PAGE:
Episode 56 – Trigging Out

Why can hypertriglyceridemia cause pancreatitis?

In this episode, The Curious Clinicians dive into a question that occurred to Avi when he was a resident at the VA, sitting in morning report. We break down why elevated serum triglyceride levels, or hypertriglyceridemia, can cause acute pancreatitis.

 The first association between pancreatitis and elevated lipids was proposed way back in 1865. But the specific association with triglycerides was only proposed in 1975. The study was published in the journal Surgery. Given how long ago the study was conducted, we don’t have access to the full protocol, and the way the study was designed could raise some ethical questions. This group was actually trying to find out the cause of alcohol-related pancreatitis. Because heavy alcohol consumption is known to increase serum triglycerides, they theorized that triglycerides mediate alcoholic pancreatitis. So they recruited 12 patients who had a history of alcohol pancreatitis, and fed them a diet super high in lipids to see if they got pancreatitis. 11 of the 12 developed triglyceride levels above 600 mg/dL and 7 of them got pancreatitis. So it seemed like the high triglyceride levels had induced pancreatitis.

Zooming forward in time, we now know that hypertriglyceridemia accounts for up to ⅓ of all cases of pancreatitis. And there actually seems to be a dose-response relationship, based on a prospective cohort study from 2012 in the journal Pancreatology. So the higher the level of serum triglycerides, they found the higher the risk of pancreatitis. The classic threshold is an increased risk beginning at around a triglyceride level of 500 mg/dL, and a significantly increased risk above 1000 mg/dL.

It’s worth reviewing what triglycerides actually are. Triglycerides are a type of lipid and are composed of fatty acids and glycerol. They get absorbed from the food we eat by the small intestine and then are packaged and transported in the blood inside a type of lipoprotein called chylomicrons. These triglycerides inside chylomicrons then get hydrolyzed and broken down to free fatty acids and glycerol by an enzyme called lipoprotein lipase, which can be found on the endothelium near muscles and adipose tissue, where free fatty acids can be stored or used for cellular fuel.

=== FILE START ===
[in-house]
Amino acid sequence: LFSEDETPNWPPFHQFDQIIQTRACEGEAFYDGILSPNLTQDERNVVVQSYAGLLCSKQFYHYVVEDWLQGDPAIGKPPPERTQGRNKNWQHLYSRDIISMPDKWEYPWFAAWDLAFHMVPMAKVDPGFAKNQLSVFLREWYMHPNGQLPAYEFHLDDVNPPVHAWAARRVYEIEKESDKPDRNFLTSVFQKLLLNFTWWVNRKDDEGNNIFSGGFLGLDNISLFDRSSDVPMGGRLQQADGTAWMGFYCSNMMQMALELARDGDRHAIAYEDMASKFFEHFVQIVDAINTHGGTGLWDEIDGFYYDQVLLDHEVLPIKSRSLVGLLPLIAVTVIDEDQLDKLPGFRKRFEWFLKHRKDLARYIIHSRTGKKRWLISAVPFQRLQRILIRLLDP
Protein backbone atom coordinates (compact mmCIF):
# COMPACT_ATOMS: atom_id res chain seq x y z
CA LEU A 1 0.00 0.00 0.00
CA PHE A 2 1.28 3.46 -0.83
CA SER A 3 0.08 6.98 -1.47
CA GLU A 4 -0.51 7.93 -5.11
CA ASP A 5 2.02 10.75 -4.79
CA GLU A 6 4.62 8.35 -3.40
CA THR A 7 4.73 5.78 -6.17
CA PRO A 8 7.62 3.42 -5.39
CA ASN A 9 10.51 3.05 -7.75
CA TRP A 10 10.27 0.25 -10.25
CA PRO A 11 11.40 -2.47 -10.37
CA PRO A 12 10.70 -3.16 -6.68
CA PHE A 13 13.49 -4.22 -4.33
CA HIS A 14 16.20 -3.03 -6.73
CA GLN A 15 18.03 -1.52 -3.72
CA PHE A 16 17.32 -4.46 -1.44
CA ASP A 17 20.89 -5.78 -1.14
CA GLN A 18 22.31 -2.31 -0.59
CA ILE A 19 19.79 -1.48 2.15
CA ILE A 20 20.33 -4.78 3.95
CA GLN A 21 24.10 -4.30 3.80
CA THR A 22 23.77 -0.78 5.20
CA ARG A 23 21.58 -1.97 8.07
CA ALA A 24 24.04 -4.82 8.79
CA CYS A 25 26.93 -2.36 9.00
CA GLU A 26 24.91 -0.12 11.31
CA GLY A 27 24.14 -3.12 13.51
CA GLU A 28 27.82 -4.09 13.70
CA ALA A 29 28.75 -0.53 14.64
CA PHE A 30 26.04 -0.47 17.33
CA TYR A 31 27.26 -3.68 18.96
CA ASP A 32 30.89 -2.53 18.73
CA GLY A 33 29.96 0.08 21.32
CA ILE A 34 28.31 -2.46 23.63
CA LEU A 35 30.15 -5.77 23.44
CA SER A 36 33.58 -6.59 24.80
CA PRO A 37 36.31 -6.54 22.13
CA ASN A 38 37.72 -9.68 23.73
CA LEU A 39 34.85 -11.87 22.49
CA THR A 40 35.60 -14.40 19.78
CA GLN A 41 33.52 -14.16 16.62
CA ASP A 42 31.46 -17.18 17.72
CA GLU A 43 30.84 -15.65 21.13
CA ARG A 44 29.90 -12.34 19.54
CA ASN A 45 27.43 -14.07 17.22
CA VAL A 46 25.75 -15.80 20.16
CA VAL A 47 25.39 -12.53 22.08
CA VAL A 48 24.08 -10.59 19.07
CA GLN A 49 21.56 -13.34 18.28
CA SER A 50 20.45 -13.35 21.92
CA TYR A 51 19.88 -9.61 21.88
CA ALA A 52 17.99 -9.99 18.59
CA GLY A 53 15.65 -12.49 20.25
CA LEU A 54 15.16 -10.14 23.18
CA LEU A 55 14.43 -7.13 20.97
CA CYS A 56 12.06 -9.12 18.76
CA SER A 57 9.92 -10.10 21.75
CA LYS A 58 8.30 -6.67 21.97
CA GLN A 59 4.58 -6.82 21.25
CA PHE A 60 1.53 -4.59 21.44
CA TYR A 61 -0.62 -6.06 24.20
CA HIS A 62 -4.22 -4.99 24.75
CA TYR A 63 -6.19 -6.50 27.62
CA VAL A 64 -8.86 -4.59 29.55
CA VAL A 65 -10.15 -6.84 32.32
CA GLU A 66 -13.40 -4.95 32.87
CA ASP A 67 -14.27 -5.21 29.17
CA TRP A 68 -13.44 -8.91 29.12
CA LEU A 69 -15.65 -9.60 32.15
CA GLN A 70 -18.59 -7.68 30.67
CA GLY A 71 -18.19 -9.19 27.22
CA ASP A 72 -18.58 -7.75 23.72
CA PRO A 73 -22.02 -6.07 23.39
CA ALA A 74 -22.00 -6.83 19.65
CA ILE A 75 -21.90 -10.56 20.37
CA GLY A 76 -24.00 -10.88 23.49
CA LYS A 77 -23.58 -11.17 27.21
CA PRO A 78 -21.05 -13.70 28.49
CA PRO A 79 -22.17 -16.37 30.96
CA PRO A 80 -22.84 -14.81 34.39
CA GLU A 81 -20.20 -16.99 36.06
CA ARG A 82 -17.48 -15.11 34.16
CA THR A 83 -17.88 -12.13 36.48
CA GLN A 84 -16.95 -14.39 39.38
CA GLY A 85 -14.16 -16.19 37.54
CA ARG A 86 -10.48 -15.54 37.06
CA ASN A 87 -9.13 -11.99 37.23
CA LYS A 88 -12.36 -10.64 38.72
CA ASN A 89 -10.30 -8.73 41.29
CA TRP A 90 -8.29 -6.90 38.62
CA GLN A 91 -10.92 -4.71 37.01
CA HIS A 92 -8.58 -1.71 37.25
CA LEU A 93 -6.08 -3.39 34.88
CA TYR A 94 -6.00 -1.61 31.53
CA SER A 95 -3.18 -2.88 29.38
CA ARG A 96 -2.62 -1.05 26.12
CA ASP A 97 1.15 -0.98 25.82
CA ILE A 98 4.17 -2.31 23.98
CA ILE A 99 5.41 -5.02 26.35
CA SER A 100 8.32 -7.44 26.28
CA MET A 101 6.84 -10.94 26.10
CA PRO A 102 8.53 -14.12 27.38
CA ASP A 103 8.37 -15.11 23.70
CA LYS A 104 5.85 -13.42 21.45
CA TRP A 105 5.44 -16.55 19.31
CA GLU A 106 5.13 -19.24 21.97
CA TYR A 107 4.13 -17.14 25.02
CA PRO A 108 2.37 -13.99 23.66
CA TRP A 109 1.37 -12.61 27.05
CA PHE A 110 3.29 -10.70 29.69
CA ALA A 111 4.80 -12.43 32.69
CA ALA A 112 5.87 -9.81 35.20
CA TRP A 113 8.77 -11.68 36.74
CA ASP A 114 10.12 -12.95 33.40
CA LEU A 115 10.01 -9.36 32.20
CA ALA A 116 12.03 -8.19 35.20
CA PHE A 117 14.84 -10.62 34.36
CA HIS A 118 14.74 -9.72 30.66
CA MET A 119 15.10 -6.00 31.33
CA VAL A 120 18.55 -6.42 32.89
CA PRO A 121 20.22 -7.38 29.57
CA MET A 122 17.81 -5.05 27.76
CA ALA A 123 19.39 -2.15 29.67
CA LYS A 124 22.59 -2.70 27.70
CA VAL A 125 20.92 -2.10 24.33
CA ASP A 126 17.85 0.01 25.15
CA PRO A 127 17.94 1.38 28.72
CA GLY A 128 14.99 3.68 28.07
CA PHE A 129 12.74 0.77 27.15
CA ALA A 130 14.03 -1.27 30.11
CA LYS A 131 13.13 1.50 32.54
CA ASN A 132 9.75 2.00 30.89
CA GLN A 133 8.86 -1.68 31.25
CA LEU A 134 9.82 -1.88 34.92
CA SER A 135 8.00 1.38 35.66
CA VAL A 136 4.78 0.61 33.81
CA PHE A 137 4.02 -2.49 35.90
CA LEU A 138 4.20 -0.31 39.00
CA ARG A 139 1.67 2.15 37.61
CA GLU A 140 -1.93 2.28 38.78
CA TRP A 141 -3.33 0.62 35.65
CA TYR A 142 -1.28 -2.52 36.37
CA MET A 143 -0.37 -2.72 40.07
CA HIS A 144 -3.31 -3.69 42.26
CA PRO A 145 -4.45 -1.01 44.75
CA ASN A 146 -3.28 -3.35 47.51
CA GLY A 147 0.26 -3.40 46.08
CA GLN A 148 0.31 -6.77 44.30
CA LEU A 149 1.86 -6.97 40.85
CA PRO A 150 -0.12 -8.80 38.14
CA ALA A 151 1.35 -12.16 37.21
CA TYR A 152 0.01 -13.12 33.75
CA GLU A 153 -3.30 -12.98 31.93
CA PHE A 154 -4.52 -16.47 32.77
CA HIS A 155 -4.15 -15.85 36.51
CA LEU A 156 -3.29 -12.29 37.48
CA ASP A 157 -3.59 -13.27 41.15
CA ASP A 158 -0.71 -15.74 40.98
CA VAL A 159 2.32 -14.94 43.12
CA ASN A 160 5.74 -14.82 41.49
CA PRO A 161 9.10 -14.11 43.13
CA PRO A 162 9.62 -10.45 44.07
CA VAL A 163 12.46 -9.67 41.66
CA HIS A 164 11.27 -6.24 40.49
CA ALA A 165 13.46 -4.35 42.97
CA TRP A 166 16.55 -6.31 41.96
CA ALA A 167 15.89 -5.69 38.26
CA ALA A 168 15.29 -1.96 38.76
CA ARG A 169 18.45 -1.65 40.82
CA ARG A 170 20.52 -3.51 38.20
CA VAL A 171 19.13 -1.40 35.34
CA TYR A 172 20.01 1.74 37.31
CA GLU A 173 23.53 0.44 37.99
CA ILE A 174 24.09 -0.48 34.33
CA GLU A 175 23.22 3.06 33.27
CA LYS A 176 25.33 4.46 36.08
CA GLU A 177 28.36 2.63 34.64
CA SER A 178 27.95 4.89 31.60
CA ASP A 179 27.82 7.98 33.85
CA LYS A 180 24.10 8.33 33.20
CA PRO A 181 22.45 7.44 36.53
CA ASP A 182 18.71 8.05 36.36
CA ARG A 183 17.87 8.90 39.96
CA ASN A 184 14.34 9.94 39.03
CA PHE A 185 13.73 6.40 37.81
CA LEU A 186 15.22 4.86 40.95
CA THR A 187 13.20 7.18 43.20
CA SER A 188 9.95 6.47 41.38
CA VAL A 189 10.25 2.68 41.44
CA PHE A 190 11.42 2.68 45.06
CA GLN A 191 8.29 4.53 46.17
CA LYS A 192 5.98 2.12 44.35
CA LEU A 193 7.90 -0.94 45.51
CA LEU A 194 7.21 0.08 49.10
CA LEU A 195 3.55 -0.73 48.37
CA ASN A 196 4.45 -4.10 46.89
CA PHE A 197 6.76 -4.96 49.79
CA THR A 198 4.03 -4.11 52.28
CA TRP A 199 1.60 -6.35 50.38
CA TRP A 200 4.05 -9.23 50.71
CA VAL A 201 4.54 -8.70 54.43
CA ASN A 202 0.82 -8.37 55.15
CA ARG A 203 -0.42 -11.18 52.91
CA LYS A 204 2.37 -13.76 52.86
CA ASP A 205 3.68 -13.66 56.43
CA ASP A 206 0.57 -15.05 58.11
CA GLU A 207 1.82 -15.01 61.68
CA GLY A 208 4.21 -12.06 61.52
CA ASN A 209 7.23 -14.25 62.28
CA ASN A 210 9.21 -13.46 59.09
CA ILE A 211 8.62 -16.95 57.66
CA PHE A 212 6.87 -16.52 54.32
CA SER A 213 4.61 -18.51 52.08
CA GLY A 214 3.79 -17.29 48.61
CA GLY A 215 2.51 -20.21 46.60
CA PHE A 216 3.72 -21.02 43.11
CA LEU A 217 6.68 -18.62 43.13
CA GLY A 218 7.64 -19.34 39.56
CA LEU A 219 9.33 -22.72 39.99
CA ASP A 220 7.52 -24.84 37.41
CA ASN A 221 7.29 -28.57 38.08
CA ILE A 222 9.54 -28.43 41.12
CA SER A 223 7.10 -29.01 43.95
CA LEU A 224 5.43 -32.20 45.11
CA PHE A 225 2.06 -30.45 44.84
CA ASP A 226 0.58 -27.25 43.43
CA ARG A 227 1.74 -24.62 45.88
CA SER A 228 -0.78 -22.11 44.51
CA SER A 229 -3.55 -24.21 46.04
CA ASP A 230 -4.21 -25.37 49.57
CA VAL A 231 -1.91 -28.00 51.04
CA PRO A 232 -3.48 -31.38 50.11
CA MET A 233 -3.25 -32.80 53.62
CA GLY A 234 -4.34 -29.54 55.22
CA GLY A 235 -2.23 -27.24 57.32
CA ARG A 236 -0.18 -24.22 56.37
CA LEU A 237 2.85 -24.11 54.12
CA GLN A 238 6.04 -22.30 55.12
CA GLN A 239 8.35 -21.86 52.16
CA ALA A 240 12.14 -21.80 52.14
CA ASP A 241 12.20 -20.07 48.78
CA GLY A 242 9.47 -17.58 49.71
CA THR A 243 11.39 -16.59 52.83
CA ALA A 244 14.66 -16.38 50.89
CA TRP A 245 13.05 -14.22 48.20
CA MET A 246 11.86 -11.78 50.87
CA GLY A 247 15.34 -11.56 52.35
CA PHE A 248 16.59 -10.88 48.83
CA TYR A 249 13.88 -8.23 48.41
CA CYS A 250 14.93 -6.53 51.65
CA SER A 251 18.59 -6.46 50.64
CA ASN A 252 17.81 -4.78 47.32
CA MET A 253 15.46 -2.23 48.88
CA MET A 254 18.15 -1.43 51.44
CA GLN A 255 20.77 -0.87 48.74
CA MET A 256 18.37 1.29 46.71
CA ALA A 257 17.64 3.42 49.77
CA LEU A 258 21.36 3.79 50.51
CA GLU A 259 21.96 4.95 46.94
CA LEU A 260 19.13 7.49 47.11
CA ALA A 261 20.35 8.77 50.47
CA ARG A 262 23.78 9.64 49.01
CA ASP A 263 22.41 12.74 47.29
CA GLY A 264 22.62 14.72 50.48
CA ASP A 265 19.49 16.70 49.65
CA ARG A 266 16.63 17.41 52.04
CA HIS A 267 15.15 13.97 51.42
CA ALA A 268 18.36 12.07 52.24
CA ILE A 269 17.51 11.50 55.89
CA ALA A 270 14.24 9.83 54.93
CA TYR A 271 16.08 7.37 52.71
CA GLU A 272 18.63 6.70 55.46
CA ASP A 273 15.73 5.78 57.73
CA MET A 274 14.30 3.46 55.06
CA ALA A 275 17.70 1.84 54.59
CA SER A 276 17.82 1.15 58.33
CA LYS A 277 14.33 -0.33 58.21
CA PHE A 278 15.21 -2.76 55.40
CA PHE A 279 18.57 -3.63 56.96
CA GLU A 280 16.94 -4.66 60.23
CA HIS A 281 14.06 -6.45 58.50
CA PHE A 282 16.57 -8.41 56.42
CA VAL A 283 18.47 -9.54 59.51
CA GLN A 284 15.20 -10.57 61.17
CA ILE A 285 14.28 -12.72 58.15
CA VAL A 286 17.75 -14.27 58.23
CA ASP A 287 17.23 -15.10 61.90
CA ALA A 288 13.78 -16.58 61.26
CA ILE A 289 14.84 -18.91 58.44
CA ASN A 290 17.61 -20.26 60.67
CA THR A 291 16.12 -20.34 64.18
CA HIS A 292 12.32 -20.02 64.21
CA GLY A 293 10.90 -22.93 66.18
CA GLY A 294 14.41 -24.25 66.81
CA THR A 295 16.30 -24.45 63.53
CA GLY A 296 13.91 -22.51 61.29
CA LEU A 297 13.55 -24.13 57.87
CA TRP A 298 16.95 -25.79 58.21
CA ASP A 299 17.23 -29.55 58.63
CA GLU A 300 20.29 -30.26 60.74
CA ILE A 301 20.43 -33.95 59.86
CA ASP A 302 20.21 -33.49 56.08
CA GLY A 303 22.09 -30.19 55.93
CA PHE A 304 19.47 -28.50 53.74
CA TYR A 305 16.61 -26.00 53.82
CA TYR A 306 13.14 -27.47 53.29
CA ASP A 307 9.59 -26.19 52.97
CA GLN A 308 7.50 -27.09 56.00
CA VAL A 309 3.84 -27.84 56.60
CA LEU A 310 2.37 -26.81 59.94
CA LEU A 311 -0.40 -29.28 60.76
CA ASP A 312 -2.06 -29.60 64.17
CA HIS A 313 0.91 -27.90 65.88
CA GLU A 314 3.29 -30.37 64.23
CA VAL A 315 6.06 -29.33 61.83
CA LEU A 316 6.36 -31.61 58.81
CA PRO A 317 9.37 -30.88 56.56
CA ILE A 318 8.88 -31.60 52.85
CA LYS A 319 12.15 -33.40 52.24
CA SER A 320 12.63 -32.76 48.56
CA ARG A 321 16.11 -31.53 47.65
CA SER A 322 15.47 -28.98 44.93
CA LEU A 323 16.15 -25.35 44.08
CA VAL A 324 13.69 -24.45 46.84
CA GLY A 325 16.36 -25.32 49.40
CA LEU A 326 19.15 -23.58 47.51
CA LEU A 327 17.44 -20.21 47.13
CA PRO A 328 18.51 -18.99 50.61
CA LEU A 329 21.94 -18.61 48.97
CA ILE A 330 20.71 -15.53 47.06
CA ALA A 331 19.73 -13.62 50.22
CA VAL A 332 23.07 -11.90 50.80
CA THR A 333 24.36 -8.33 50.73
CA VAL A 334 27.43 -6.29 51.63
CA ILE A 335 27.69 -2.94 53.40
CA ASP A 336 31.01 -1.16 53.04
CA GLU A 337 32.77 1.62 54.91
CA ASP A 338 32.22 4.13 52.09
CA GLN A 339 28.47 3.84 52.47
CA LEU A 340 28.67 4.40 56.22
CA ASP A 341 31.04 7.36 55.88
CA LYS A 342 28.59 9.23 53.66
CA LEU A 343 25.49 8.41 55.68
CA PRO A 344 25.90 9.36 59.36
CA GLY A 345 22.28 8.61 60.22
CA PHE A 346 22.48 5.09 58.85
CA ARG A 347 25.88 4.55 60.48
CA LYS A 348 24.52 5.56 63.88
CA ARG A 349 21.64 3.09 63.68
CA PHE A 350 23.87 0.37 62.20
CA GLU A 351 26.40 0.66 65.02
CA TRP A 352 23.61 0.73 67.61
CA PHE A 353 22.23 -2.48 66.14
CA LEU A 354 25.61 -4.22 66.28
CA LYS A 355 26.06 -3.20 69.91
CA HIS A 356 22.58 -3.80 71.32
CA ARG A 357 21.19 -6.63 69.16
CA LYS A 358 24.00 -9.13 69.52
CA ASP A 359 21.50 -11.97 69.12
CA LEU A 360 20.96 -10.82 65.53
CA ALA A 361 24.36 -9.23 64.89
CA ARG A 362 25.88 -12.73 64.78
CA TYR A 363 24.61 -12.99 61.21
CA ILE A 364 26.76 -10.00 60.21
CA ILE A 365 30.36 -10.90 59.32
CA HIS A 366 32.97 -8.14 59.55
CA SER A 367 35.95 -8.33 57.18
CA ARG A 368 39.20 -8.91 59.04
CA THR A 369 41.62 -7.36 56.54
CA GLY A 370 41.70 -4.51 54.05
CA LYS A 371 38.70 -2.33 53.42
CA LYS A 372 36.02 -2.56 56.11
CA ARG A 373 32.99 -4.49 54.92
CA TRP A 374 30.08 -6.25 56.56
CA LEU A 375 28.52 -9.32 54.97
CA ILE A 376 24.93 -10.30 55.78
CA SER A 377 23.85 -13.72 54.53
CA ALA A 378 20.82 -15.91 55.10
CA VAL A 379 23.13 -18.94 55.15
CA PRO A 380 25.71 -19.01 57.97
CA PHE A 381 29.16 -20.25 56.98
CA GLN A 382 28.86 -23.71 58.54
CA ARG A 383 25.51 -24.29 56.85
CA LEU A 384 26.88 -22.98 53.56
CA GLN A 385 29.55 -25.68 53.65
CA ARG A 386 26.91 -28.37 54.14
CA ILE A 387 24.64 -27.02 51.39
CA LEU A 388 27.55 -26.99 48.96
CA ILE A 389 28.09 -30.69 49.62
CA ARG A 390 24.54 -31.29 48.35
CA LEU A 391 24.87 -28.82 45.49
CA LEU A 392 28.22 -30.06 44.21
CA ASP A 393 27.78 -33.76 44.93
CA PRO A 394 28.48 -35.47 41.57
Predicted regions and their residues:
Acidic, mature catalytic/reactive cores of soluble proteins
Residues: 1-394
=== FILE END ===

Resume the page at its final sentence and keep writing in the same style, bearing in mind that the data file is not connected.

Triglycerides themselves don’t seem to be toxic to the pancreas. But there is evidence that free fatty acids, which get released when triglycerides are hydrolyzed and broken down, are capable of inducing pancreatic injury. This was suggested by three interesting animal studies. The first was from 1991 in the Journal of Surgical Research, where pigs were administered a high concentration of oleic acid, which is a type of free fatty acid, directly into their pancreatic arteries. Some pigs just got control injections. And the researchers found that the pigs who got the free fatty acid injections reliably developed pancreatitis, when compared to the controls. So pretty convincing that free fatty acids can harm the pancreas. The second was a study from 2009 from Acta Physiologica, which was a physiology journal published out of Oxford. They took mouse pancreatic acinar cells, which produce digestive enzymes for the pancreas’s exocrine function, and exposed them to increasing concentrations of oleic acid, that same free fatty acid used in the 1991 pig study. The researchers found that there was dose-dependent damage to the cells, with higher free fatty acid concentrations leading to more damage and more release of amylase and lipase.

The 3rd study sort of confirmed the above findings in a roundabout way. It was published in Science Translational Medicine in 2011, where the researchers took mice and induced pancreatitis with inflammatory cytokines. They then gave the mice the lipase inhibitor Orlistat, which is a drug used to treat obesity. As a lipase inhibitor, orlistat reduces triglyceride hydrolysis and free fatty acid production. And they found that orlistat reduced pancreatic injury, again supporting the role that free fatty acids play in the ability to injure the pancreas.